}
        });
    }
});

Once this is added to my Edit Route, I can call setModelFromBuffer in my save action. In my templates, I can use the {{#with buffer}} helper.

share|improve this answer
    
It's ugly isn't it. That's a nice solution given the current context. I think it'd be really useful for us all to go and show support on this issue github.com/emberjs/data/issues/1901 there already seems to be quite a bit. –  Julian Leviston May 7 at 3:53
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What I believe to be the simplest solution, is to have an Ember.Object that mimics the structure of your model. When entering an edit mode, copy the properties from the model to the Ember.Object and then have them update there until the user clicks 'Save' or whichever action you wish to merge the changes back in. One thing I did that was important was to add the mixin Ember.Copyable to my object. Below is some code I used to solve this issue for myself.

NOTE:: This code was to prevent a model from being created before it was submitted, so instead of edit, mine is create new.

App.SomeModel = DS.Model.extend({
  user: DS.belongsTo('user'),
  home: DS.belongsTo('home'),

  cost: DS.attr('number'),
  title: DS.attr('string'),
  description: DS.attr('string'),
  category: DS.attr('number'),
  categoryName: function () {
    return Roomy.enums.TransactionCategories[this.get('category')]
  }.property('category'),
  date: DS.attr('date', {
       defaultValue: function() { return new Date(); }
  }),
  fuzzyDate: function () {
    return moment(this.get('date')).fromNow();
  }.property('date'),
  split: DS.attr('boolean'),
  contributors: DS.attr('array'),
  points: DS.attr('number')
});

App.SomeModelNew = Ember.Object.extend(Ember.Copyable, {
  user: null,
  home: null,
  cost: null,
  title: null,
  description: null,
  category: null,
  date: new Date(),
  split: false,
  contributors: [],
  points: null,
  copy: function () {
    return this.getProperties('cost', 'title', 'description', 'category', 'date', 'split', 'contributors', 'user', 'home');
}
});

Then to save this model I did something like this.
NOTE:: The code with User and Home I had to use because of the relationships, simply copying the json form of the User and Home would not persist the relationship and give the model the ID's it needed in the database.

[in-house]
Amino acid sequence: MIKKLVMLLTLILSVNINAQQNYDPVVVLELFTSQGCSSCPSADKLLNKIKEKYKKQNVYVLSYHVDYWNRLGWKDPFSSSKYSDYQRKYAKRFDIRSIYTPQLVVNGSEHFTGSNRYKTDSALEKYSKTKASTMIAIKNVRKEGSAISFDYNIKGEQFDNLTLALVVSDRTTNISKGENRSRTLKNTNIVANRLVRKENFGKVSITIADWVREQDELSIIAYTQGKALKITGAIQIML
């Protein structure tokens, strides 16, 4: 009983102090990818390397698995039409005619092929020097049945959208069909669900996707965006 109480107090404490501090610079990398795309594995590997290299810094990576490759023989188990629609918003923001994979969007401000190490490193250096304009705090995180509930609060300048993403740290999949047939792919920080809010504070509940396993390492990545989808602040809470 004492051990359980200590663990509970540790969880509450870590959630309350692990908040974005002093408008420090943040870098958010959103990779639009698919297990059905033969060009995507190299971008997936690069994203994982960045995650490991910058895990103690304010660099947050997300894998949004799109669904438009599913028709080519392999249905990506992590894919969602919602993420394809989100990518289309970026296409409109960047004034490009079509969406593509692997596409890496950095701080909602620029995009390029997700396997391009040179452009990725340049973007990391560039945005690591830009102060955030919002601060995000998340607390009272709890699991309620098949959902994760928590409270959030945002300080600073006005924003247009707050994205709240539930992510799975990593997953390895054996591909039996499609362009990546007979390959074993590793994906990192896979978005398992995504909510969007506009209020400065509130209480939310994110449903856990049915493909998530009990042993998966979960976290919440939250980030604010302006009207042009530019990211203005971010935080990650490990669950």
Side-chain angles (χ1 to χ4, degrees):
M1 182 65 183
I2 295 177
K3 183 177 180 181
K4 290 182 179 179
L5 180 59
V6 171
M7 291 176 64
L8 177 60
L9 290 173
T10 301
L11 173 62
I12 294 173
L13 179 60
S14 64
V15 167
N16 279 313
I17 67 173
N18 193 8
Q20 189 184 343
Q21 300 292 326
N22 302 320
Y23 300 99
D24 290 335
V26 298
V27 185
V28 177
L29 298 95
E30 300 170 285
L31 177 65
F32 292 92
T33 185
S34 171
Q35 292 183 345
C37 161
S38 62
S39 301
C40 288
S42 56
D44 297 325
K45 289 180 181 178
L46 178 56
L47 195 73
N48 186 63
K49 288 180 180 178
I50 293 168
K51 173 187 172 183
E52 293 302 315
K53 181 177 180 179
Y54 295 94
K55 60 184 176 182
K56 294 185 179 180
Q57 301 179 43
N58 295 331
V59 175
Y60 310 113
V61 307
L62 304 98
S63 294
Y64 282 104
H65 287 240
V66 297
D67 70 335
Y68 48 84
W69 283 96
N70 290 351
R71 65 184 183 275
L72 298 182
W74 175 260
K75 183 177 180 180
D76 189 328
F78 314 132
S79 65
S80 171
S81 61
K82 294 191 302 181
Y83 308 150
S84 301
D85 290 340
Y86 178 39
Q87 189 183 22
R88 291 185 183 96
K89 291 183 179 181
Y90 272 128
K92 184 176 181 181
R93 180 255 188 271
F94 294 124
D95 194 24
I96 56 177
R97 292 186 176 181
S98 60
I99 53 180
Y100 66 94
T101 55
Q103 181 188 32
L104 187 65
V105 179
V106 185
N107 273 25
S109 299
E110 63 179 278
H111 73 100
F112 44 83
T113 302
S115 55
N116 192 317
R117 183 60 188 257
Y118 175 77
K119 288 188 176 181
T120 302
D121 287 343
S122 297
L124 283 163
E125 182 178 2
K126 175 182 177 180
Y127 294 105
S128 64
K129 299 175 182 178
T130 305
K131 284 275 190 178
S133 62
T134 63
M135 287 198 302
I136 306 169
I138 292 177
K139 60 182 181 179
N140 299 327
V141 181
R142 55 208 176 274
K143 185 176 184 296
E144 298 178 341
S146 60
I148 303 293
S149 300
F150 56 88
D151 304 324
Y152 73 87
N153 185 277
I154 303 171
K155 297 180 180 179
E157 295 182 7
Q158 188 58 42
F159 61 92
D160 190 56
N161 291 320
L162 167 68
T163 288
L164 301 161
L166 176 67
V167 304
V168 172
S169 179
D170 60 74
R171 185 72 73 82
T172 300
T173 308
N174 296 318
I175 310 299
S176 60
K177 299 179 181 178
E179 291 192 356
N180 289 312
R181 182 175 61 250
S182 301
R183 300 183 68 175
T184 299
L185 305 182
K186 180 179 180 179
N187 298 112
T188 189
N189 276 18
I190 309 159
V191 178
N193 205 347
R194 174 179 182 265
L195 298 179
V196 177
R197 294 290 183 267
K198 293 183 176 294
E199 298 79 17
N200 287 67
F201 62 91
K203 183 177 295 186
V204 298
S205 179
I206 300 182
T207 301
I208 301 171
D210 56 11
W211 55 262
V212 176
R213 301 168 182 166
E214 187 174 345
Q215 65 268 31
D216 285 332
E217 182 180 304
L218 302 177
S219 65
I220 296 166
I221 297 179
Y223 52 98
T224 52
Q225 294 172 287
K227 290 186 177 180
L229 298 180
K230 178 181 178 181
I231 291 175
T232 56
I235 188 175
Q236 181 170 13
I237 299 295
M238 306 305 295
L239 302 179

Contoller code below:

//Before this function is called, all the inputs in the form have been filled in and the instance now has values for all the fields that were defined for it
saveTxn: function (txn) {
    // txn is the App.SomeModelNew instance
    copy = this.store.createRecord('transaction', txn); // this returns the App.SomeModelNew.copy() object
    copy.set('user', txn.get('user')); // OVerwrite user for relationship
    copy.set('home', txn.get('home')); // Overwrite home for relationship
    return copy.save();
}

I hope this helps.

share|improve this answer
    
So you're advocating duplicating the entire model, effectively. This is just plain smelly. –  Julian Leviston May 7 at 3:51
    
I suppose for my application it isn't a large overhead due to my objects being quite small. I would love to see a more correct way to solve this though, so I will keep following the issue –  bmeyers May 7 at 5:38
    
Fair enough, I guess. Generally as developers we can live with a small amount of repetition (god, how many times am I going to have to type the word "function" for example? PEH!) but where we can remove duplication, we should definitely try to. I think this incidental complexity is what ends up being the difference between being able to, or not being able to do a feature-add later on, and that's a bit sad. :( –  Julian Leviston May 7 at 6:09
    
Yes true, I suppose another option could be to extend the DS.Model, and give it properties stagedChanges and a functions addToStage, commitStage. All properties you do not want to show immediate you add to the stagedChanges object, which will be formatted in the exact way needed for the setProperties method. When you are done with the changes, you call commitStage and this will apply all the property changes, which you can then immediately save the model after in your code –  bmeyers May 7 at 14:57
    
you should take a look at the link I created/linked to in the repo about "forking", methinks. There's a pretty good example someone has given about a possible solution that you'd like. –  Julian Leviston May 7 at 15:11